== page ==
US House and Senate return from midterm holidays amid low stakes

The 115th Congress is set to resume this week, with a host of consequential issues still to be debated over the next few months. The House was set to have its first session of…

US House and Senate return from midterm holidays amid low stakes

The 115th Congress is set to resume this week, with a host of consequential issues still to be debated over the next few months.

The House was set to have its first session of the new session on Monday, and the Senate, on Tuesday.

Democrats won a majority in the House in midterm elections in spite of the party’s unpopularity and after securing control of the Senate in last week’s elections. But despite the much-improved clout enjoyed by the party in both chambers, Congress’s priorities appear to be set for much lower-profile work.

On Wednesday, the House passed funding for the federal government until 15 February.

The House passed the funding bill after the federal government had been closed for 20 days and hundreds of thousands of federal workers were furloughed or working without pay.

On Thursday, the House and Senate will go into committee. The House foreign affairs committee will hold a hearing on relations with Canada, followed by the Senate foreign relations committee to examine US ties with Afghanistan. The committees are expected to focus on issues that they are able to tackle, and have lower turnout of opposition because of the much-smaller numbers in the two chambers of Congress.

Both committees will also hold hearings on the Iran nuclear deal as the US Senate plans to vote in January on whether to disapprove of the deal, which the majority of Republicans and the new Trump administration are opposed to.

On Thursday, the House and Senate have scheduled two hearings that could be more of a high-profile event, and a chance for Democrats to shine. The Senate judiciary committee will hold a confirmation hearing for secretary of homeland security nominee Kirstjen Nielsen and other cabinet secretaries and homeland security officials at 9am.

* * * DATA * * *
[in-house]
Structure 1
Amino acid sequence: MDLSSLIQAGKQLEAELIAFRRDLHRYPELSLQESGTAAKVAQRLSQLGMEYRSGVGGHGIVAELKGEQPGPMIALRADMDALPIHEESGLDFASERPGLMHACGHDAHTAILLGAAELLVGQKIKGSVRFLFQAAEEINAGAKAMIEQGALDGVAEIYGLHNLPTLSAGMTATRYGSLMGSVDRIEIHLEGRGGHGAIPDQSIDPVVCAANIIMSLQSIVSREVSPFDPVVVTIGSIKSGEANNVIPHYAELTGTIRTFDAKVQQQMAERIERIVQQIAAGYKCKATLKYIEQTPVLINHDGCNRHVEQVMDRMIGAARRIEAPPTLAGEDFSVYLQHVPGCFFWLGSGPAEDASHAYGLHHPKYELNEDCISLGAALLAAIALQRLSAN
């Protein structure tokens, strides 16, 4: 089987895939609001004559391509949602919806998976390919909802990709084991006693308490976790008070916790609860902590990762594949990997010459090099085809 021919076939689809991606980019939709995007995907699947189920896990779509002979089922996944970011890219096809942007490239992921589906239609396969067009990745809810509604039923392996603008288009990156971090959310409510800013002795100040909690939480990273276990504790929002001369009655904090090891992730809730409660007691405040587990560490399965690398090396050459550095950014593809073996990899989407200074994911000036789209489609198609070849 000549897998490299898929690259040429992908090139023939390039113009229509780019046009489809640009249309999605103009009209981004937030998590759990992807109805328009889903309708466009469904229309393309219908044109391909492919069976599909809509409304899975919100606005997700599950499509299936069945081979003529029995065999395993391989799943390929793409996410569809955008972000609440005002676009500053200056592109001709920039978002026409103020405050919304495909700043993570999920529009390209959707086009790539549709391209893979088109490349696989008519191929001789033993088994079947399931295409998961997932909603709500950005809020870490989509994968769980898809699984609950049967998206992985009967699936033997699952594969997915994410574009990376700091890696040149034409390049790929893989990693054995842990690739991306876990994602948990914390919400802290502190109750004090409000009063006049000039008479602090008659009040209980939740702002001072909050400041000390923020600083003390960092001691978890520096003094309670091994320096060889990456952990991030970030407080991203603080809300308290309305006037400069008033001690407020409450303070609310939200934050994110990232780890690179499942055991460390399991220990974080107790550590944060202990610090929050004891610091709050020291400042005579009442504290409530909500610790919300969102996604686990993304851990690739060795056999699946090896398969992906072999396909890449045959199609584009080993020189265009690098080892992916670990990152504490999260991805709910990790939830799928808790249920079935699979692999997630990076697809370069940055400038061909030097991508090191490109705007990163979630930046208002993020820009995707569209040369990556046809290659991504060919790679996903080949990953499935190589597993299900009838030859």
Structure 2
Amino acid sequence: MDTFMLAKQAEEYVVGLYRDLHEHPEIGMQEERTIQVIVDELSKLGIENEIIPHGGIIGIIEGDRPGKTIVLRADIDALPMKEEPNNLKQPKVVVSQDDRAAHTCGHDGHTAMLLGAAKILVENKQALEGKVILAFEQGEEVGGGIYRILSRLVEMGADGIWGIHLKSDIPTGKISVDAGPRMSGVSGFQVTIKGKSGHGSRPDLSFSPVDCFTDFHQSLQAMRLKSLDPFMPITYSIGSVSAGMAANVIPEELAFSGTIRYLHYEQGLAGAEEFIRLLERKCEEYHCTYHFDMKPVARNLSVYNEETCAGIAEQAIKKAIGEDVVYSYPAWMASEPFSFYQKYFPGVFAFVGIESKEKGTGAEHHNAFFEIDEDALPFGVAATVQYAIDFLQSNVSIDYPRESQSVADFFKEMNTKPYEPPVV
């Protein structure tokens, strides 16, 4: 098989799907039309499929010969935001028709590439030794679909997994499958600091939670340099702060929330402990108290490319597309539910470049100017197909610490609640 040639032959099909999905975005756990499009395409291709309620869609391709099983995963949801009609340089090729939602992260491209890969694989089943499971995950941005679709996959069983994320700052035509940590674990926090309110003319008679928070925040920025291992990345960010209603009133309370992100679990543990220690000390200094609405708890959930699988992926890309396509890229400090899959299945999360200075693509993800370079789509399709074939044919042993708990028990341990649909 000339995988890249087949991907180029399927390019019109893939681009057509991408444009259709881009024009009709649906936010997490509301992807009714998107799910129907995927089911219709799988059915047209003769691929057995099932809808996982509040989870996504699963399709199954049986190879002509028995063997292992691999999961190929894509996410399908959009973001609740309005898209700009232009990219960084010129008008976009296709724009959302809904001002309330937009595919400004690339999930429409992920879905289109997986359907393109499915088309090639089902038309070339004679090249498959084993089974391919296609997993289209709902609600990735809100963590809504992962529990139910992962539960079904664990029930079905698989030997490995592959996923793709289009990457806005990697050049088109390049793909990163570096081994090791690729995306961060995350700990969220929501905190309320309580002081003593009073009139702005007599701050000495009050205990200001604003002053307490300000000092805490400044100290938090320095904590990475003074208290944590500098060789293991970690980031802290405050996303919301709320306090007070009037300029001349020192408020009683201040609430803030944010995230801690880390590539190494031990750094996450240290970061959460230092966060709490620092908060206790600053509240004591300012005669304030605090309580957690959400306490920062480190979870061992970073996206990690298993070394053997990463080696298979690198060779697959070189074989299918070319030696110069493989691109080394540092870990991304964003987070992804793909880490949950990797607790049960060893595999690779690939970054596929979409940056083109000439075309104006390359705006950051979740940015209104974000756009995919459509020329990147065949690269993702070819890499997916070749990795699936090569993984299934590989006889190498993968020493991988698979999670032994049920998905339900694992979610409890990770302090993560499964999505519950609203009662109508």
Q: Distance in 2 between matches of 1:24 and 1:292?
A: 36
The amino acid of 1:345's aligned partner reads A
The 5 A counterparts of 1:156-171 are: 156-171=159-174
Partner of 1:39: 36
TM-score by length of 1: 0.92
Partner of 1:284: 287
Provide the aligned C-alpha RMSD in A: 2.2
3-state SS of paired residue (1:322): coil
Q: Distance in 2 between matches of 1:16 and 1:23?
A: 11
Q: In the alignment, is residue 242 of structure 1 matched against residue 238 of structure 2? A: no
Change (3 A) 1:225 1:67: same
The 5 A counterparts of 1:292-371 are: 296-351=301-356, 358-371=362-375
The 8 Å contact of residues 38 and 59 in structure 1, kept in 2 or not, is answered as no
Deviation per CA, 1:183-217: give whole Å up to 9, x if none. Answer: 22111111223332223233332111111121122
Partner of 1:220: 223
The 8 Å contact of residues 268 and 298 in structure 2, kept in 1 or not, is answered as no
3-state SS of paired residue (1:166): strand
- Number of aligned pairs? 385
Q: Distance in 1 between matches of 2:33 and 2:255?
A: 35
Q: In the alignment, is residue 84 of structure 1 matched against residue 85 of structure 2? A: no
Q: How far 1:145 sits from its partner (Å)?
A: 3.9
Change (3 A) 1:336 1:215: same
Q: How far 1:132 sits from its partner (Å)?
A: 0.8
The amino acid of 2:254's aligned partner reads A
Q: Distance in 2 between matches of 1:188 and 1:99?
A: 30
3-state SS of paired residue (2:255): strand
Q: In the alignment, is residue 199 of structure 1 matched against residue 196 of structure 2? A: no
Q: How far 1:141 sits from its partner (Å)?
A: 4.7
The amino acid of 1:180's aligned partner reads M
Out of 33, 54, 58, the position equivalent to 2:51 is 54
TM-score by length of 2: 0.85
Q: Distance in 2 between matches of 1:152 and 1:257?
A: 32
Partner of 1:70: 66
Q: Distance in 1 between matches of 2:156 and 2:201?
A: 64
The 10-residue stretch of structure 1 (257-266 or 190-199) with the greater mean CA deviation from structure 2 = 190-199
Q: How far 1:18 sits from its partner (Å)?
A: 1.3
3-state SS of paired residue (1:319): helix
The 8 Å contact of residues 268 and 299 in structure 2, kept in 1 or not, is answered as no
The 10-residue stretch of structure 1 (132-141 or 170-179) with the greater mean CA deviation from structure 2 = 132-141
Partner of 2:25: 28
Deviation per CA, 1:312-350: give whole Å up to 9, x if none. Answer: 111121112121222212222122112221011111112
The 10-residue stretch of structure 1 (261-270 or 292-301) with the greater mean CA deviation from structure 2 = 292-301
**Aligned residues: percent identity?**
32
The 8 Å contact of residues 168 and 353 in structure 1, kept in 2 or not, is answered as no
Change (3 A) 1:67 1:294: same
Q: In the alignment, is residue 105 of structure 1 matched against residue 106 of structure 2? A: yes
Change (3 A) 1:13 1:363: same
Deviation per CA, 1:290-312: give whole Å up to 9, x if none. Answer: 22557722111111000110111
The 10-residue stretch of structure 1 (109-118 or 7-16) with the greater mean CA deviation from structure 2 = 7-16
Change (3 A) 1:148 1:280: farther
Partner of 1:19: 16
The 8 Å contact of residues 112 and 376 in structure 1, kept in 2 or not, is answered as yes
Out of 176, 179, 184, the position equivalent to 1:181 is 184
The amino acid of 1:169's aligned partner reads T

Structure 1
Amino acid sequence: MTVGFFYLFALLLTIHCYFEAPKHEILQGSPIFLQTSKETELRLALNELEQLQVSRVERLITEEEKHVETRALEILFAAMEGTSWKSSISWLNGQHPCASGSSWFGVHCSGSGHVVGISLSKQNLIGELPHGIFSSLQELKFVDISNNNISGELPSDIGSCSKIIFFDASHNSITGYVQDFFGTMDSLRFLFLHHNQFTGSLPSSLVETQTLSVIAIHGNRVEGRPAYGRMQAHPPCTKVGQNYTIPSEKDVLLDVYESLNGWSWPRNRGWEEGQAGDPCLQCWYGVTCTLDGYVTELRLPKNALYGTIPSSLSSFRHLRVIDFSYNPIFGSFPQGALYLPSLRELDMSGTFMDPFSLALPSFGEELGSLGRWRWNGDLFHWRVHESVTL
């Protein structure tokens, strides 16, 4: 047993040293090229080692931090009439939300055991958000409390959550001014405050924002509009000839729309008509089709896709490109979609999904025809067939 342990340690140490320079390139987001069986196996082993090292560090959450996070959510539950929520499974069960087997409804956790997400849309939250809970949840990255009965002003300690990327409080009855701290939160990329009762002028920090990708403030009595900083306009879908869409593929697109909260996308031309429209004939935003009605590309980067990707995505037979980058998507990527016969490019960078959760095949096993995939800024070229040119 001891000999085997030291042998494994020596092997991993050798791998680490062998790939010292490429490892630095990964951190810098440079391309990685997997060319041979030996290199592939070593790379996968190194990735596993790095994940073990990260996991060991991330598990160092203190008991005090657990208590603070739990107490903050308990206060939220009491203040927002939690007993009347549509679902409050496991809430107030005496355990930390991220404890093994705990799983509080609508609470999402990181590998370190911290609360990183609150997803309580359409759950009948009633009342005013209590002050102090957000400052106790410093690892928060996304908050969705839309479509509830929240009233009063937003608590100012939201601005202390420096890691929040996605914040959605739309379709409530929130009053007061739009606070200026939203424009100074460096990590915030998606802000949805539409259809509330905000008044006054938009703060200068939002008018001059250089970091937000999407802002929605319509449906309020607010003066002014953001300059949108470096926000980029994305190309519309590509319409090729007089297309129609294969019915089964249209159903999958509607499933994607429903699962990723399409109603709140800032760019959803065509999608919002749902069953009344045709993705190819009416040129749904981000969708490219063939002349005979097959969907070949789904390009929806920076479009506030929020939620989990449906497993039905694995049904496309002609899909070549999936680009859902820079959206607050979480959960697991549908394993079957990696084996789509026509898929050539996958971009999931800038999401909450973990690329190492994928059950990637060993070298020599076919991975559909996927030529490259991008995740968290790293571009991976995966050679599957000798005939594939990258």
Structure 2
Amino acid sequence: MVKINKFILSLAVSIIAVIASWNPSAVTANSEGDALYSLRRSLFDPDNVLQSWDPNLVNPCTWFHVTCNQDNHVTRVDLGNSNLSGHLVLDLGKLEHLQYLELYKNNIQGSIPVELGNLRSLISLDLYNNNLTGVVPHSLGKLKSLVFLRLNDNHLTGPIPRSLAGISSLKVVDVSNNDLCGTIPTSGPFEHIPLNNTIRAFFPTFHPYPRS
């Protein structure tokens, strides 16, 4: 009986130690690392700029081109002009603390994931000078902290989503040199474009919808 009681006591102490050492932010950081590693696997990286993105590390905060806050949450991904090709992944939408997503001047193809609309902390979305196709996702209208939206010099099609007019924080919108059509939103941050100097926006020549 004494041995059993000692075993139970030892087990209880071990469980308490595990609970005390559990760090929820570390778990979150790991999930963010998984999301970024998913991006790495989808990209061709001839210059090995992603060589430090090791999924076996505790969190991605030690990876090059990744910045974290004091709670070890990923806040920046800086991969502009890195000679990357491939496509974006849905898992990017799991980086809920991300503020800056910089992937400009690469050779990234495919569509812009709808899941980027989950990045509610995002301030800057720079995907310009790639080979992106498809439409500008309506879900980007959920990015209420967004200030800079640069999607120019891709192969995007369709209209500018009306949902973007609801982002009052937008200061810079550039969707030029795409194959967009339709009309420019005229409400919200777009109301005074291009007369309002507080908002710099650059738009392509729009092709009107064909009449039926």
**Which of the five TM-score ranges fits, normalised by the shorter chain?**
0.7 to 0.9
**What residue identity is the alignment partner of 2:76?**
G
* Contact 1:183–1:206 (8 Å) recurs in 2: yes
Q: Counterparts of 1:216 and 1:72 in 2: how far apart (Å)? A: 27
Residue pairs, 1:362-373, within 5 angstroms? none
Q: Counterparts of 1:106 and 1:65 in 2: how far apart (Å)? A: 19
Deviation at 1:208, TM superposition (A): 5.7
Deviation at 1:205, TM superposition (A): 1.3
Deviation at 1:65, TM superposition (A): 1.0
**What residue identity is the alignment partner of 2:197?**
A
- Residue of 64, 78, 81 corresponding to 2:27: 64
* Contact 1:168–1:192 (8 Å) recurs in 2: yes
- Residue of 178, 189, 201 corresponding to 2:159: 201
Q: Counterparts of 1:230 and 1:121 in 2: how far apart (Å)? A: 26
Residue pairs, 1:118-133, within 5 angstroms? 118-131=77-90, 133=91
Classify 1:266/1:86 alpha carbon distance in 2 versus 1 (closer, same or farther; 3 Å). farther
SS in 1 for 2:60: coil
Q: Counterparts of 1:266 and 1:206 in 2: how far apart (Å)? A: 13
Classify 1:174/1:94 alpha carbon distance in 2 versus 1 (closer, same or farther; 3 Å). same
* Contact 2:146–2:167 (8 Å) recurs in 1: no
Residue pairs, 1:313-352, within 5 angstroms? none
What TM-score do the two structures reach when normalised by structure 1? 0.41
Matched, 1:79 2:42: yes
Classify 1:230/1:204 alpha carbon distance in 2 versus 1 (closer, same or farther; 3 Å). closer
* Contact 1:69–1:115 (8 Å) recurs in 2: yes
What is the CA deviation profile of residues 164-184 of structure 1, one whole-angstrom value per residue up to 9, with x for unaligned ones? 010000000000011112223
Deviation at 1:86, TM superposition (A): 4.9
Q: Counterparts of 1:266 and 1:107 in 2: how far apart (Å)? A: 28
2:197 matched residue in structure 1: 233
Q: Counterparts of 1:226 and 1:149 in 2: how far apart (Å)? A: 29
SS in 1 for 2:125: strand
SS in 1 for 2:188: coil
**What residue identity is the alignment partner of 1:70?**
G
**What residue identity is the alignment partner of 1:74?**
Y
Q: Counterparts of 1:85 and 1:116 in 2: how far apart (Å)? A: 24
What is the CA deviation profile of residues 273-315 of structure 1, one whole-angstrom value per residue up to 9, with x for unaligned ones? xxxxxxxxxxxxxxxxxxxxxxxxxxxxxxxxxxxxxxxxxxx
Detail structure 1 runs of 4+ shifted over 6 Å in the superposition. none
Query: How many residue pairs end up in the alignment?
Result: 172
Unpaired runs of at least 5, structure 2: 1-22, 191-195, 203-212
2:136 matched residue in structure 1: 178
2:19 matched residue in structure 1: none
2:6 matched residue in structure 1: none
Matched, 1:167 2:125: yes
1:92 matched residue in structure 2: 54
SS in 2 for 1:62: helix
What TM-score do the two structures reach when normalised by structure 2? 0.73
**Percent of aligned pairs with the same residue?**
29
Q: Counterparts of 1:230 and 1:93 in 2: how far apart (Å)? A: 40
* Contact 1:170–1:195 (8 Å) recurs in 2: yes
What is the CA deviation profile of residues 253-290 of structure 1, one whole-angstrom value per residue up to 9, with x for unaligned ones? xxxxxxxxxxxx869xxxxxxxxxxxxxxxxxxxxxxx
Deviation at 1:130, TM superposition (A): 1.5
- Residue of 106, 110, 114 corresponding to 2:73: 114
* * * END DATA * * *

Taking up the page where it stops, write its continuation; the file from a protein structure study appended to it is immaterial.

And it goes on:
At 1pm, the Senate judiciary committee will hold its first hearing into possible constitutional issues raised by impeachment of Robert Mueller as part of an effort from Republican congressman Ron DeSantis. DeSantis is a candidate in next year’s Florida governor’s race.

In both hearings, Democrats plan to push for Russia meddling evidence. Democrats on the Judiciary committee and ranking member Dianne Feinstein wrote to Trump asking for a show of evidence before they started the hearings.

Both hearings will be televised.

Democrats are likely to use their new power to oppose any spending bill. Democrats on Tuesday called on the House to go on a shutdown strike if Congress does not approve a budget by 20 November, the first day of the fiscal year.

The spending bill that the House passes Wednesday will be a stopgap measure; as it stands now, Congress has until 15 February to pass a long-term spending bill that provides for long-term funding for the government.

The Trump administration has warned that it could seek to offset some of the $6.7bn in government-wide spending increases on the table in next week’s budget bill with other cuts.

Some Democrats and fiscal conservatives are pushing to redirect some of the money towards new road, rail and other transportation infrastructure projects.

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